3D Printing & Imaging Technology
New Kickstarter Promises “World’s Most Conductive Filament”

 

PrintedCircuit

For a few years now, many of us in the 3D Printing community have been eagerly awaiting a highly-conductive filament that would allow us to print circuits as part of our 3D printed projects. Now a new kickstarter is promising a filament that is “1,000 times more electrically conductive” than previous filaments that have come to market. Using a dual extrusion machine and their new filament, the team at Functionalize has already created demos of a 3D printed flashlight and a magnetic levitation device.

Levitaion
3D Printed Levitator Prototype

There are a range of rewards available to backers including 3D printed circuits, spools of filament, and maker kits that include not only filament, but also example circuits. Functionalize is hoping that these rewards – and the promise of being able to print highly functional items – will help them make their requested $100,000 in the next 30 days.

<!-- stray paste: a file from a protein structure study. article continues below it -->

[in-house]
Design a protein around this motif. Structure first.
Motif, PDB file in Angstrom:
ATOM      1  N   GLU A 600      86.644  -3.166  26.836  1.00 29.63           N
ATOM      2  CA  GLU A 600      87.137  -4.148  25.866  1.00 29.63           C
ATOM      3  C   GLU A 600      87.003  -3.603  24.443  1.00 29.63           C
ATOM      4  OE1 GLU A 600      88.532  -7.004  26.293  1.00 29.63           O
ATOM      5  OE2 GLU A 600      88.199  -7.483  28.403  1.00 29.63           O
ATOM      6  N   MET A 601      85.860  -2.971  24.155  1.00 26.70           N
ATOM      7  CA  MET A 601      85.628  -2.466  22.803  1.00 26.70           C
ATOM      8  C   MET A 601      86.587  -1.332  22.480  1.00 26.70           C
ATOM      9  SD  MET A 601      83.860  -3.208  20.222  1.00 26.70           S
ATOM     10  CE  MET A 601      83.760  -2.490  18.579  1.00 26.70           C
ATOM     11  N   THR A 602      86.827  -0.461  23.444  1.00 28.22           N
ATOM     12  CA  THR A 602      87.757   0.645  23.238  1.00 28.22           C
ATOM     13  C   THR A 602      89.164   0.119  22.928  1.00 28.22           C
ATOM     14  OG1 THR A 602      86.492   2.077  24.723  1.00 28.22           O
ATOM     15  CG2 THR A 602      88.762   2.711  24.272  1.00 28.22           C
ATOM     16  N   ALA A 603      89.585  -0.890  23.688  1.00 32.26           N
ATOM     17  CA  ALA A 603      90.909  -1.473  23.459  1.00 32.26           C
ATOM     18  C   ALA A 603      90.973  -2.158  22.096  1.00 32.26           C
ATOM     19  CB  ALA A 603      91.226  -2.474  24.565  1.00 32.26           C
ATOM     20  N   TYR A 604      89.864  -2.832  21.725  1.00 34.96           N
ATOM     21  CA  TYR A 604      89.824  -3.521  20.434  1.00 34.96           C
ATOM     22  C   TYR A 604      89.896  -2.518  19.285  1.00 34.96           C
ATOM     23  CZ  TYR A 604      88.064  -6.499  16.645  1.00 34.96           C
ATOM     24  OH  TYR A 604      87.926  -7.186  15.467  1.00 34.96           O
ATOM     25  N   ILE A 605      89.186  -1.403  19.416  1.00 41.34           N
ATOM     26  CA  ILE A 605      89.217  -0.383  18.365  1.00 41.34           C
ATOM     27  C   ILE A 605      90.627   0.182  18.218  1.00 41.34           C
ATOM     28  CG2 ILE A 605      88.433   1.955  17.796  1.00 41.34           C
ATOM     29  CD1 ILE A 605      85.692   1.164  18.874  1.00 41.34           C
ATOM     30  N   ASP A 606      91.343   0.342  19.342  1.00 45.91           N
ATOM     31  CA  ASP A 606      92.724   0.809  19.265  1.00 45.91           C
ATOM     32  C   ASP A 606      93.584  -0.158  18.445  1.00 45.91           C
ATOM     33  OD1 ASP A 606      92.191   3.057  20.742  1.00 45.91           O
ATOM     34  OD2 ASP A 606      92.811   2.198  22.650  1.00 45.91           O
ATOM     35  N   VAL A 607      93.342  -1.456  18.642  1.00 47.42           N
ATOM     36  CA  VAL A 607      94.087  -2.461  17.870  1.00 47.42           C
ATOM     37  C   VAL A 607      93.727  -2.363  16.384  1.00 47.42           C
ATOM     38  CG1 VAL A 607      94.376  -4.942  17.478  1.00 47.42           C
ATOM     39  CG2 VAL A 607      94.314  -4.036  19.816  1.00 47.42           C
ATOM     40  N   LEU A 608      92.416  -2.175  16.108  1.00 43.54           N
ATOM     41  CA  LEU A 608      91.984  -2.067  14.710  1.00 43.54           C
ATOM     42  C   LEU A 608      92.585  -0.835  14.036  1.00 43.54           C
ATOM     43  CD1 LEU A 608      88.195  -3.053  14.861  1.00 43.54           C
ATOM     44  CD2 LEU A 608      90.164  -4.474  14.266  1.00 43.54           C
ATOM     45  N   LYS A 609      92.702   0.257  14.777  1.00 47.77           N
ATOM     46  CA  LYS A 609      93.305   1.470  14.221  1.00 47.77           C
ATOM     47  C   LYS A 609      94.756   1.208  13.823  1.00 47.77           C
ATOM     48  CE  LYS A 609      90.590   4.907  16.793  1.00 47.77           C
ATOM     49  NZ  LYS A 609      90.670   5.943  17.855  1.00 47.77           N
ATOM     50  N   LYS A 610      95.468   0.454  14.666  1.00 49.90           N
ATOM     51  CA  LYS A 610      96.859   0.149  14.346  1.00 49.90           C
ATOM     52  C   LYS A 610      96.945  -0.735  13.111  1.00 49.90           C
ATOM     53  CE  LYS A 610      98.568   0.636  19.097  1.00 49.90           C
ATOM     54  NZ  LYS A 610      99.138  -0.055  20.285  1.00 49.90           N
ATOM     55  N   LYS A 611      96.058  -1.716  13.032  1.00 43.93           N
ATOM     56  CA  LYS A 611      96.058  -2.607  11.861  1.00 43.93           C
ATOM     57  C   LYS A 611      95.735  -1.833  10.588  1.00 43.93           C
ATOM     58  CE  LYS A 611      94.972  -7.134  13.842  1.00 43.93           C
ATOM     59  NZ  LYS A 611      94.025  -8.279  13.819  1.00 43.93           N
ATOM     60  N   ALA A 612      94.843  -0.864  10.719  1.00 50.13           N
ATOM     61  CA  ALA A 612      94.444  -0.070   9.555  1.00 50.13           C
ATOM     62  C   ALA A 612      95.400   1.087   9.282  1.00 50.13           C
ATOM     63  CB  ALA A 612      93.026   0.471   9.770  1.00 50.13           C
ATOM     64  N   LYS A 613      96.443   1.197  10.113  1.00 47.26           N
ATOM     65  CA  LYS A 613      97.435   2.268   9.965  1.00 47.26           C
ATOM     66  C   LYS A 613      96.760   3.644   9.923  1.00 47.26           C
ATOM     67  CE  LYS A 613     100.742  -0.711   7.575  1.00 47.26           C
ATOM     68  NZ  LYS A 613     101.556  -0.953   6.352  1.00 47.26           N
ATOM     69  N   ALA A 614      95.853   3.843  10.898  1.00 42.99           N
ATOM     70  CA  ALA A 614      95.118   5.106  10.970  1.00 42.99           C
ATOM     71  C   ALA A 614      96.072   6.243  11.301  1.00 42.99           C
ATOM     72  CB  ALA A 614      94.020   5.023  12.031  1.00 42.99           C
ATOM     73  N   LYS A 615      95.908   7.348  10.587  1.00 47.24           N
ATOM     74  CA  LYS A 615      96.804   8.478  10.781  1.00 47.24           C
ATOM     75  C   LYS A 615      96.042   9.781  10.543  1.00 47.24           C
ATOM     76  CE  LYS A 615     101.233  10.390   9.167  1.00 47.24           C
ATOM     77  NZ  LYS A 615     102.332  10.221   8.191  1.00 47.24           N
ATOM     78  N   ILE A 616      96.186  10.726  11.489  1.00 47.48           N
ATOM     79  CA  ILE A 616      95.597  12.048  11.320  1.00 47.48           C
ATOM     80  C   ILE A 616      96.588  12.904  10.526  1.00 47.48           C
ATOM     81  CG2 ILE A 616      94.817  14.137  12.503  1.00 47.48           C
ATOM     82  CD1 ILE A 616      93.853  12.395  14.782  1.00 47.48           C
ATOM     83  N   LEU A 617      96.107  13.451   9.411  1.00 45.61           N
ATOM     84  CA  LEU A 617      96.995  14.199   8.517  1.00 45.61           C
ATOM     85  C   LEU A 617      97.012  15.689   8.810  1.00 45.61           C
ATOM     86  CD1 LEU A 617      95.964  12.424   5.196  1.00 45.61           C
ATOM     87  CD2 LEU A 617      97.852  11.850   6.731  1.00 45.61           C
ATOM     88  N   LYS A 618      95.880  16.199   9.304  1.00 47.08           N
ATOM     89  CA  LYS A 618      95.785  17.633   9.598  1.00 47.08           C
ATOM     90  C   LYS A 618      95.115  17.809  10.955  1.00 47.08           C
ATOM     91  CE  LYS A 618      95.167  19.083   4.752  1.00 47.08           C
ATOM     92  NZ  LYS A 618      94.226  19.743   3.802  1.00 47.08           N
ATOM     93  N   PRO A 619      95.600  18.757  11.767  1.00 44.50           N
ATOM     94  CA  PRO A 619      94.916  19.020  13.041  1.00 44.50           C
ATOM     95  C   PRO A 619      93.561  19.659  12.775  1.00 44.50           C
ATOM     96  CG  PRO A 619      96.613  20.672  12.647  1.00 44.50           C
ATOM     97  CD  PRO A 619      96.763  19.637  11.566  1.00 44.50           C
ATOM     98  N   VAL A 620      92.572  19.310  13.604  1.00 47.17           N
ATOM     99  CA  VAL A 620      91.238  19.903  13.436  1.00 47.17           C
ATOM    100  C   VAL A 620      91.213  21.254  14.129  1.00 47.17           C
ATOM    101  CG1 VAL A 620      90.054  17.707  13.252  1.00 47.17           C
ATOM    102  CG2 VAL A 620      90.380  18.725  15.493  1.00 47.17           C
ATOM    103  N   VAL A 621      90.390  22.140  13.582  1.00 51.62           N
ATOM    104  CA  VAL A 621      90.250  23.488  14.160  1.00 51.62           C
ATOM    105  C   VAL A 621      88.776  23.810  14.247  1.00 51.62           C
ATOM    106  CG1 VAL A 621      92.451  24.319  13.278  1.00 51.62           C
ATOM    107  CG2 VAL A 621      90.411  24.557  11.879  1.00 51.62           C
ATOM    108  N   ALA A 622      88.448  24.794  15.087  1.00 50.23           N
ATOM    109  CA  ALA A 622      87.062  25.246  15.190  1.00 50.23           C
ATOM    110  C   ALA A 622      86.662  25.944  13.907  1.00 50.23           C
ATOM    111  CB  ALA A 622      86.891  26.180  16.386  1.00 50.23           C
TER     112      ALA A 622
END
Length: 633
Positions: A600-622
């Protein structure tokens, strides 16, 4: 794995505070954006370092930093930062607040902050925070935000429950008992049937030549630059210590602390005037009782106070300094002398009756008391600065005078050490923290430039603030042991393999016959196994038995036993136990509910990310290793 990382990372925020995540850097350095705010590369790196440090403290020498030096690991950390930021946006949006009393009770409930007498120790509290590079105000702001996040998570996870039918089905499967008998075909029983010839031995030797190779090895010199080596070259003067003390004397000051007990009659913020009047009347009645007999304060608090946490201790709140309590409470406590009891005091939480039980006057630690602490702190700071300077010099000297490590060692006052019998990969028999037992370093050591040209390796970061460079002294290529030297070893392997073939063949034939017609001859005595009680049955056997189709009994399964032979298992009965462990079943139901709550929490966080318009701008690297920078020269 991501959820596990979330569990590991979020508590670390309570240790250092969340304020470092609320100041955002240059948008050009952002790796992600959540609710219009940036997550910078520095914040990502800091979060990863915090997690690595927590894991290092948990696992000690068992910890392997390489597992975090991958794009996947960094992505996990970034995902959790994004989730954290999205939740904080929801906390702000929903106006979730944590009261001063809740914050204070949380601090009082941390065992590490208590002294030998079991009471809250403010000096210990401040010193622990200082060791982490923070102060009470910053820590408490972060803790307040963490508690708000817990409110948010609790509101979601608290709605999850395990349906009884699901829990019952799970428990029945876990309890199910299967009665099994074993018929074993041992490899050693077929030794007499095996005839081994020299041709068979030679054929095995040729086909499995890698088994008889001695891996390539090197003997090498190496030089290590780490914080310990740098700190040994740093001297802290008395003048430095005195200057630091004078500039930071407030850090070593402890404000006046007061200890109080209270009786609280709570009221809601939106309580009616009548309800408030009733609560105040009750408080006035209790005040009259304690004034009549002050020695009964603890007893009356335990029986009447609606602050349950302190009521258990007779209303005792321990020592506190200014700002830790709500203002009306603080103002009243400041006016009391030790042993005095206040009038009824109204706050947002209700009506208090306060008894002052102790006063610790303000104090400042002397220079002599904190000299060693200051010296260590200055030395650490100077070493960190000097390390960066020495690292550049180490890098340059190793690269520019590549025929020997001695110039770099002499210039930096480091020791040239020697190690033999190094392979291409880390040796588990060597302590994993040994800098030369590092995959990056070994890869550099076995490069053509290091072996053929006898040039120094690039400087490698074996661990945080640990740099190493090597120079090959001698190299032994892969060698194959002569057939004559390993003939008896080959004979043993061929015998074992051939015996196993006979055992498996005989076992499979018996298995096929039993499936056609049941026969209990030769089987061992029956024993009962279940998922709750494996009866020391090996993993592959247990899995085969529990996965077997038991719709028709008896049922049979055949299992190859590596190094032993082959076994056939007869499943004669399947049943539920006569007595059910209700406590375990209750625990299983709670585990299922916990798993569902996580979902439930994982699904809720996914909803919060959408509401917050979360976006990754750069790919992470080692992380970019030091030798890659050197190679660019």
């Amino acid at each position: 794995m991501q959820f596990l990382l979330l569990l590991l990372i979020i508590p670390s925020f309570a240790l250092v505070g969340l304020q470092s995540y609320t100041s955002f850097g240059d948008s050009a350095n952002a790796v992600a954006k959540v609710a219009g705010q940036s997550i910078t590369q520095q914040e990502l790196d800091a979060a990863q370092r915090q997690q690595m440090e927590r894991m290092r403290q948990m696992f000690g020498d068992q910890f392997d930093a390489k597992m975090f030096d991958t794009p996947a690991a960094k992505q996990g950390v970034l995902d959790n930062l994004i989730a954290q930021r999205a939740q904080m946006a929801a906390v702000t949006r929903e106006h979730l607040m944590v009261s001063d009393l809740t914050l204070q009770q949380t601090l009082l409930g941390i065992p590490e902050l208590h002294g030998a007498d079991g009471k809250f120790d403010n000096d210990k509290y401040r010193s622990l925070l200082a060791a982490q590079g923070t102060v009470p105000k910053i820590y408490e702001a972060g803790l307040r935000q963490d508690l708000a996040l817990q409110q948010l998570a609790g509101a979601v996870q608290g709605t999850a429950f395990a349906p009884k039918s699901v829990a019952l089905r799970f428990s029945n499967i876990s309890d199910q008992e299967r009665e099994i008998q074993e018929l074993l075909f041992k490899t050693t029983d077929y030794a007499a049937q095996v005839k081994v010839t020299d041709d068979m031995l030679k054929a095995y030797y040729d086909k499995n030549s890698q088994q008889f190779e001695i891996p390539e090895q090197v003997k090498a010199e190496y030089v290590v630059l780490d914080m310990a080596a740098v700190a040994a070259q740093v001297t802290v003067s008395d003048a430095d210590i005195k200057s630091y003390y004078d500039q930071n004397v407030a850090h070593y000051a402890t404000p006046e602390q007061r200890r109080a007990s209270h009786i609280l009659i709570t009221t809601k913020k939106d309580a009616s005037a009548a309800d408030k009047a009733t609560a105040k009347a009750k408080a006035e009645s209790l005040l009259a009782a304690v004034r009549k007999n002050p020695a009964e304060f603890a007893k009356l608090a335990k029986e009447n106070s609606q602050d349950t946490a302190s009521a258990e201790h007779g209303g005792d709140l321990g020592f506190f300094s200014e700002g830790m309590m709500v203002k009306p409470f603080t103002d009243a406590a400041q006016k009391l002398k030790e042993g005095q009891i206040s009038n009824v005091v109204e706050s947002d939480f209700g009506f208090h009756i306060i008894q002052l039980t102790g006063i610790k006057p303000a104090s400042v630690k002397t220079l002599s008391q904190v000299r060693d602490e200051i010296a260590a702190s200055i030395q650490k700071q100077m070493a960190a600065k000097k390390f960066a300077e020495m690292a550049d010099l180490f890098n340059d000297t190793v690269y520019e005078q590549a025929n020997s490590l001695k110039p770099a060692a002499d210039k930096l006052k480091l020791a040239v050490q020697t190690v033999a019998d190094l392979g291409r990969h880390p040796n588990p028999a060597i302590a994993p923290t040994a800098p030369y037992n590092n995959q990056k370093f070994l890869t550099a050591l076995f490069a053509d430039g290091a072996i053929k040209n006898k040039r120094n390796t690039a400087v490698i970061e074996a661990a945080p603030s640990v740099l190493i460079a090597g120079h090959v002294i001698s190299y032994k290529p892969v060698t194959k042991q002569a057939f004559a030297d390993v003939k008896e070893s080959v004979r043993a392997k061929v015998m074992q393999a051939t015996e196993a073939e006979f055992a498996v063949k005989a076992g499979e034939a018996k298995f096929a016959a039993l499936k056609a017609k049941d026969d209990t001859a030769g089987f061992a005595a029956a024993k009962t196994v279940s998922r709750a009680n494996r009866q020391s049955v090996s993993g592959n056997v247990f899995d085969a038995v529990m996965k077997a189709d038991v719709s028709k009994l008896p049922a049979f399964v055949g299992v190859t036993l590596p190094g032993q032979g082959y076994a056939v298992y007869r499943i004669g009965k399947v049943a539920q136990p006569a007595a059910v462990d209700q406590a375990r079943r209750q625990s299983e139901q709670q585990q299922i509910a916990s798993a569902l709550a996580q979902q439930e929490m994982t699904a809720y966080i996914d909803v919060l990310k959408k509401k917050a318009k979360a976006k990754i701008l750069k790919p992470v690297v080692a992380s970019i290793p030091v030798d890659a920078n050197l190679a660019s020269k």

One of the first examples of conductive filaments and their potential came in 2012 as a research paper that released experiments using PCL plastic (Shapelock) mixed with carbon powder. The research included examples of 3D printed flashlights along with printable sensors. Unfortunately, the research from this paper never really brought a conductive material to market, and those who have been interested in testing the possibilities of this technology have been left to wait for something else. Hopefully this kickstarter will be the solution we have been waiting for.

 

0 thoughts on “New Kickstarter Promises “World’s Most Conductive Filament”

  1. Dude, that’s sweet. Print me a 1in by 2in led/light strip that is flush with the surface you stick it to and my IoT company will be buying container loads from you. yes, we are backed.